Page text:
“We say it’s consensus, and we say it has to be looked at contextually, especially when there’s active attempts being made to prevent people from participating,” Duffy said.

“That argument’s being made on both sides, Mr. Duffy,” Pamel said, referring to the attempts to prevent people from taking part.

Another question that the hearing might answer is how to define broad consensus for the future, even if Pamel finds that the assembly did not have the power to usher in any changes.

While Dickson was opposed to a prescriptive approach, Duffy was more open to it, including to the possibility of a vote or referendum.

“My friend [Dickson] says there’s no broad consensus,” Duffy said. “Then a vote would confirm that!”

The early part of the hearing also touched on whether the existing leadership was moving towards reform, as Dickson said they were.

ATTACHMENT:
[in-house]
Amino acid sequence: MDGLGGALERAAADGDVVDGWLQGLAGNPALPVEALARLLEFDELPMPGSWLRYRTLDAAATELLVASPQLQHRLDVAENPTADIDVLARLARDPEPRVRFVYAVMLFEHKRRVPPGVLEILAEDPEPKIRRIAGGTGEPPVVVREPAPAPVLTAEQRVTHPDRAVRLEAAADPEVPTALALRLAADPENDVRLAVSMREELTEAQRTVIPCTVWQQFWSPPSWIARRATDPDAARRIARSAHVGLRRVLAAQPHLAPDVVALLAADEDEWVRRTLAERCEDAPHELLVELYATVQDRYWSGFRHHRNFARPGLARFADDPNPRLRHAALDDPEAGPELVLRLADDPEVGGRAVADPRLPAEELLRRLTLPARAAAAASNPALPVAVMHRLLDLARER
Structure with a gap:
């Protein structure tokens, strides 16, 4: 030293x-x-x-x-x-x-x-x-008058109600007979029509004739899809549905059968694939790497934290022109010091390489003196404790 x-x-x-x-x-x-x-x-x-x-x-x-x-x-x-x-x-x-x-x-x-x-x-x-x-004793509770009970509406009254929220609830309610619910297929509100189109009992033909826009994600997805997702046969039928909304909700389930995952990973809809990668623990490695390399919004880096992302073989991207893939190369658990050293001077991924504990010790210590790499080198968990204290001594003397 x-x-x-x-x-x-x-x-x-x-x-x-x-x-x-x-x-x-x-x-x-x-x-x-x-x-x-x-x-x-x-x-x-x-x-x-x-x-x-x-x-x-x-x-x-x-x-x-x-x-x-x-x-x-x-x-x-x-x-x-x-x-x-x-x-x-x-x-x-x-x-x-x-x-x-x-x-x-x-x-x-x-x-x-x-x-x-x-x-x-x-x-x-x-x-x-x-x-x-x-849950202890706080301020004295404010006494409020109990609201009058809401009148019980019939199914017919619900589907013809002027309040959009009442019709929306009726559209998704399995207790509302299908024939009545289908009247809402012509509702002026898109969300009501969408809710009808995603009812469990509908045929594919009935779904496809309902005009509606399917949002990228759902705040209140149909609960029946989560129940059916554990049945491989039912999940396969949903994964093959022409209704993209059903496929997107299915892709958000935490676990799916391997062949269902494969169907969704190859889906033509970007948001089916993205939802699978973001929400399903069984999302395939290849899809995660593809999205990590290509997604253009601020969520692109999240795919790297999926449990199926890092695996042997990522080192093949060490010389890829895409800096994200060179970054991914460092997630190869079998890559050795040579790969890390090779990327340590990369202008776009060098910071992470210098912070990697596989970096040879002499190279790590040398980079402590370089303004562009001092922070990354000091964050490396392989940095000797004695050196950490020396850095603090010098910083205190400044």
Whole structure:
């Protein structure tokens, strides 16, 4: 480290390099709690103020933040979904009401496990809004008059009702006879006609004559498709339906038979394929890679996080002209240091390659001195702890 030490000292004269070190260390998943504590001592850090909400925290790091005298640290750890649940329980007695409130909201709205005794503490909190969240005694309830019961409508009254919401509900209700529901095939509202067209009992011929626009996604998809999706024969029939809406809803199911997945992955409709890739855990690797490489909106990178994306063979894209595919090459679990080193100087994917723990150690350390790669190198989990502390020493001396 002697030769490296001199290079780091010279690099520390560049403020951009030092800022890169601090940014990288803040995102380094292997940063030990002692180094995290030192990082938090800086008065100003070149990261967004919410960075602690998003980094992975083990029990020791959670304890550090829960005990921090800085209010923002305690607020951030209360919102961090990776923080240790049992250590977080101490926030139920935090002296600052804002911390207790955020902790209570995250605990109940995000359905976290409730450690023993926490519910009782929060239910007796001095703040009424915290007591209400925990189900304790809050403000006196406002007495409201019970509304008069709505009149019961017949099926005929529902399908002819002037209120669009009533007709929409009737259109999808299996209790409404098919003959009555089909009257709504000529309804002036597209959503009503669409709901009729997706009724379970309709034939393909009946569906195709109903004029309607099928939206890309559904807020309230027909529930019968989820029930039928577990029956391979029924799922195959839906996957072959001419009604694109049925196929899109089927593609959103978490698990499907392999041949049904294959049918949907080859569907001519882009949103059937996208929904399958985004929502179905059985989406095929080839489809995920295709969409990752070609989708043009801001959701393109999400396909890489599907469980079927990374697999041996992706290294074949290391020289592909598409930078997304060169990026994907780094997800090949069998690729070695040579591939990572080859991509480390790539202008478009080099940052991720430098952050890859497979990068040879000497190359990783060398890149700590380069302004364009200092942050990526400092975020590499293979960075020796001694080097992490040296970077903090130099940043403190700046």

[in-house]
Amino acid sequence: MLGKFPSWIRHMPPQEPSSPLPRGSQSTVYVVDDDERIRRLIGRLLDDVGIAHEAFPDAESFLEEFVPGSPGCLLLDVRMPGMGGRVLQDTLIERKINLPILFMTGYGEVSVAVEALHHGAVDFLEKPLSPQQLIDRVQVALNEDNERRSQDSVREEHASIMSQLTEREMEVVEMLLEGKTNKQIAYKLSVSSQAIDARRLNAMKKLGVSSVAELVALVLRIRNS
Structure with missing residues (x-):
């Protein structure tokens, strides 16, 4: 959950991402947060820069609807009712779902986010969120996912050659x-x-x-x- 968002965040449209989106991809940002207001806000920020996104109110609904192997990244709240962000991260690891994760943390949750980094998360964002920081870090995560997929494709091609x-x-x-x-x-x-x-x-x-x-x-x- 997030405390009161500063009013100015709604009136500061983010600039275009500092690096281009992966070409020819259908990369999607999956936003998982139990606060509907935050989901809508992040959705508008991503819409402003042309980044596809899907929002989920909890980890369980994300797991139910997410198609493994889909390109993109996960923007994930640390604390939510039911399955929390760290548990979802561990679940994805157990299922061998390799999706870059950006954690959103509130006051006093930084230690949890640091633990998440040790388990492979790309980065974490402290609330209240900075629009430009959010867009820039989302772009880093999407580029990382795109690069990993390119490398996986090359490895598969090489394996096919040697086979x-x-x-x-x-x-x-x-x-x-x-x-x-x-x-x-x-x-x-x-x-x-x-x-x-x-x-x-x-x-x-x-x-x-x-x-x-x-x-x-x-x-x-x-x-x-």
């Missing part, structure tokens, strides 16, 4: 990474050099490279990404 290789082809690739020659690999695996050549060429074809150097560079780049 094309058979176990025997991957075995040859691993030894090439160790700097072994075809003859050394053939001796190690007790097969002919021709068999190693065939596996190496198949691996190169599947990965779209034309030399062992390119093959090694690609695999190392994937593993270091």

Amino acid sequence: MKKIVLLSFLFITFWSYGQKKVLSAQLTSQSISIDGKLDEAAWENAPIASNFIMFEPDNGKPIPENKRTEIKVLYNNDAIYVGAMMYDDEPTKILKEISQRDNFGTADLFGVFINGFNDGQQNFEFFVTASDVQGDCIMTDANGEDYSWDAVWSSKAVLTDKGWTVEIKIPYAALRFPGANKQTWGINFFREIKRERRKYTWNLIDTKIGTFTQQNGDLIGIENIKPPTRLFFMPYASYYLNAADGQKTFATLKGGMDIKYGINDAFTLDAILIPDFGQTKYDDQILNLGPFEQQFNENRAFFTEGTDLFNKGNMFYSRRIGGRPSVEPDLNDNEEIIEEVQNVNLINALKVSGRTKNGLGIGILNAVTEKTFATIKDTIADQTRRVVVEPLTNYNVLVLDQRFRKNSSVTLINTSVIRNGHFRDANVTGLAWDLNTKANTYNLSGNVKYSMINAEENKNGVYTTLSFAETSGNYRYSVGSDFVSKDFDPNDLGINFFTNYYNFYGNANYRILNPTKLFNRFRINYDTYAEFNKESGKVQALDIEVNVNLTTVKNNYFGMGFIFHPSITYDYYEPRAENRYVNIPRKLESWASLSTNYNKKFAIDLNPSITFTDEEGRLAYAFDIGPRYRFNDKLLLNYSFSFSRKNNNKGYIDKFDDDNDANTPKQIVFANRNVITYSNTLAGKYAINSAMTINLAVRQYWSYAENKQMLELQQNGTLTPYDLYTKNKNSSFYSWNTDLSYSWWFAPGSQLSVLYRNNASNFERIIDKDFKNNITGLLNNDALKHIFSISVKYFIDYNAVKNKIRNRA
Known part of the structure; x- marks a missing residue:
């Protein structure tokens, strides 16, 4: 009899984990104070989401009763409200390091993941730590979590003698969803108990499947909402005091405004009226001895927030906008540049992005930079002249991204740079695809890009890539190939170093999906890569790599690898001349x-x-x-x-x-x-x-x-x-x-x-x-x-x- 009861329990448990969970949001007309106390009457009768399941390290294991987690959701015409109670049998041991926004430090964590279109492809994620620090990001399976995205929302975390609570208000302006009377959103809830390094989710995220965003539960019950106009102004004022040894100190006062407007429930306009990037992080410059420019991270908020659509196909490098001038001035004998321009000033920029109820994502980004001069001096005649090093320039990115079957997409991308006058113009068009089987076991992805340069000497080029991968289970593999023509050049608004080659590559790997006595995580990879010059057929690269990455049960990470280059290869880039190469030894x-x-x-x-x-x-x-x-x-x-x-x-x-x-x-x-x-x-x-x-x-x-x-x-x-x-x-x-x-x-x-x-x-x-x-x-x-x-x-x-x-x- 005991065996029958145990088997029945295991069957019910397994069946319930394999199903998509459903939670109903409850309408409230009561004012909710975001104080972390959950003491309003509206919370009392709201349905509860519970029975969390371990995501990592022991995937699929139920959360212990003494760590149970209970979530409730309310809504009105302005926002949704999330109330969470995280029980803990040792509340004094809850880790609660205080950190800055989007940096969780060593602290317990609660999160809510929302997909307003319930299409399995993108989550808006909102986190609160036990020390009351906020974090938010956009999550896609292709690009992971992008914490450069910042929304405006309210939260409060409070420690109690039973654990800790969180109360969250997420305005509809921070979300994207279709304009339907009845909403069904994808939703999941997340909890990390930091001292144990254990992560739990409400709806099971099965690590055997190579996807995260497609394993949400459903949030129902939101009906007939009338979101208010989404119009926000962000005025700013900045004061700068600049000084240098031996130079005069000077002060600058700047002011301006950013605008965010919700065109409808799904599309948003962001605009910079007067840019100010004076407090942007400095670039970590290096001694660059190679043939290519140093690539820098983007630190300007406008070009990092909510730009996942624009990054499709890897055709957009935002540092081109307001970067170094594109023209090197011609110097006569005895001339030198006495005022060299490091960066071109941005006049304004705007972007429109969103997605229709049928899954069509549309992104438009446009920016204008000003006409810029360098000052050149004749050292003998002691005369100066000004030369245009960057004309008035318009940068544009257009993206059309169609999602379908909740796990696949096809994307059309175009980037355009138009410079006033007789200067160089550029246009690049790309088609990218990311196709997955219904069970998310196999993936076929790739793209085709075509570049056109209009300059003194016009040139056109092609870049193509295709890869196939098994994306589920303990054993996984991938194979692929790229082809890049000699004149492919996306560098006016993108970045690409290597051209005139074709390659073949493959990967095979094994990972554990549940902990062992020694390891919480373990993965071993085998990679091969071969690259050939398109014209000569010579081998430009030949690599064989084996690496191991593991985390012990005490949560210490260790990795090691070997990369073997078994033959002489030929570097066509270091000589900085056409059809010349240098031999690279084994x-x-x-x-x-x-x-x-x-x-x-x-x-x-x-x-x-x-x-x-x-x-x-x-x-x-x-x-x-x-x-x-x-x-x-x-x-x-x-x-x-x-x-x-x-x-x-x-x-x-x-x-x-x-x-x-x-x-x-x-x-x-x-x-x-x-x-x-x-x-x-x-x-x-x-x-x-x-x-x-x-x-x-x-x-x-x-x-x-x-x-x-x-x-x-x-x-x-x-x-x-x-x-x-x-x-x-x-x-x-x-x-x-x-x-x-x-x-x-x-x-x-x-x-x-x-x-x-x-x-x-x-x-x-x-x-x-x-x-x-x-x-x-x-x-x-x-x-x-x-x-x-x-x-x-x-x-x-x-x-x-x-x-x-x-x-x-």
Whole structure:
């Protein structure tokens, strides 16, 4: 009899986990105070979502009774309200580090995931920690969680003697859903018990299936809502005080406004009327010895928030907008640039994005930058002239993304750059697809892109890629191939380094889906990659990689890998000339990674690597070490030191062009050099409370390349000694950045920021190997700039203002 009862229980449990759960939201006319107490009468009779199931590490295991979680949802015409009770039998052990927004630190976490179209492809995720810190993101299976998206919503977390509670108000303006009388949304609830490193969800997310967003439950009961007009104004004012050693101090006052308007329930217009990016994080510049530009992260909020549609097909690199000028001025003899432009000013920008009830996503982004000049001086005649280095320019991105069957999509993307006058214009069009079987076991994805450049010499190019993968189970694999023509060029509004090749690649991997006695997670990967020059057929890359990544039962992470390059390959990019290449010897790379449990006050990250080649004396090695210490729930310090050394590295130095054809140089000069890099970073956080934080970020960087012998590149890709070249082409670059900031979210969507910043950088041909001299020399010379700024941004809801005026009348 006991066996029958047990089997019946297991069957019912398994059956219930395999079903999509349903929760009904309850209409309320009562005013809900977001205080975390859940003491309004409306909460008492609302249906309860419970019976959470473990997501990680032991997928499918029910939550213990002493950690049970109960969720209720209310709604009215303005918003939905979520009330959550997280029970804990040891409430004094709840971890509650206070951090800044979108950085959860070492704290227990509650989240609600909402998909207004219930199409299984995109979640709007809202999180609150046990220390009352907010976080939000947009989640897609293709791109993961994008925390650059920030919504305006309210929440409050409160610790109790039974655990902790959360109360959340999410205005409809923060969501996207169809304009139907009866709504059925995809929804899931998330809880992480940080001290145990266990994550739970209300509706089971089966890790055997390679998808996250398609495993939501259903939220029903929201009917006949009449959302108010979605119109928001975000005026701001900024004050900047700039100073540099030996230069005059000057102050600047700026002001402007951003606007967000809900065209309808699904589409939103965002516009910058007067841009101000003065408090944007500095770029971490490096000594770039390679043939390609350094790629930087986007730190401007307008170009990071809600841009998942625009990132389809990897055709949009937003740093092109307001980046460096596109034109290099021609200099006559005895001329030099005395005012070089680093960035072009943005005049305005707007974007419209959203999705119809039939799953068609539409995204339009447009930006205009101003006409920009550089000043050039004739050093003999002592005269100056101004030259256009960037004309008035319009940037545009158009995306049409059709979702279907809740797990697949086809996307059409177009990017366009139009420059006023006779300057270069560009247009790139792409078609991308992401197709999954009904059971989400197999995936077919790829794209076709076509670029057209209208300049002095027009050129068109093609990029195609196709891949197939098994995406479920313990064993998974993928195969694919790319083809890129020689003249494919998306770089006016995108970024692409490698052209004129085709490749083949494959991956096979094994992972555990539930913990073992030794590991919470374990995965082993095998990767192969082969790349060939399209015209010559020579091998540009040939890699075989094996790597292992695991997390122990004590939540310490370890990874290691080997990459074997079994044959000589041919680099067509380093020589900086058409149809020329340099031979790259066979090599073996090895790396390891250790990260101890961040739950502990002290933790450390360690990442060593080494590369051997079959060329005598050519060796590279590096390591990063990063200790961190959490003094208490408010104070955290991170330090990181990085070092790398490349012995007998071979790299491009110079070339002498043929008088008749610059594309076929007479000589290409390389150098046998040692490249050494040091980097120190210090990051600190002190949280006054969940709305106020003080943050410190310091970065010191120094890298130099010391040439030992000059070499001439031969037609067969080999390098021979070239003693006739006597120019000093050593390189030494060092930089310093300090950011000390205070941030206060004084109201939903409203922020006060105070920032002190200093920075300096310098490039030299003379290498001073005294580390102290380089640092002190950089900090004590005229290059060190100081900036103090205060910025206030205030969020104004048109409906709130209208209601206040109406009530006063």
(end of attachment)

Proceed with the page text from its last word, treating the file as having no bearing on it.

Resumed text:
Duffy argued that was not happening, pointing to correspondence between the factions after the Nov. 27 assembly.

“We got nothing,” Duffy said. “We got obfuscation, stonewalling, and litigation.”

He said they had great difficulty accepting that the hereditary chief and leadership were interested in reform.

Pamel warned at the outset of the hearing whatever ruling he makes, it might not be popular.

“I can say that one side is not going to be happy, and most likely both sides are not going to be happy,” he said.

Both sides were making detailed arguments on Thursday, and the hearing was expected to continue into Friday, Jan. 19.

Matthew Claxton

About the Author: Matthew Claxton

Raised in Langley, as a journalist today I focus on local politics, crime and homelessness.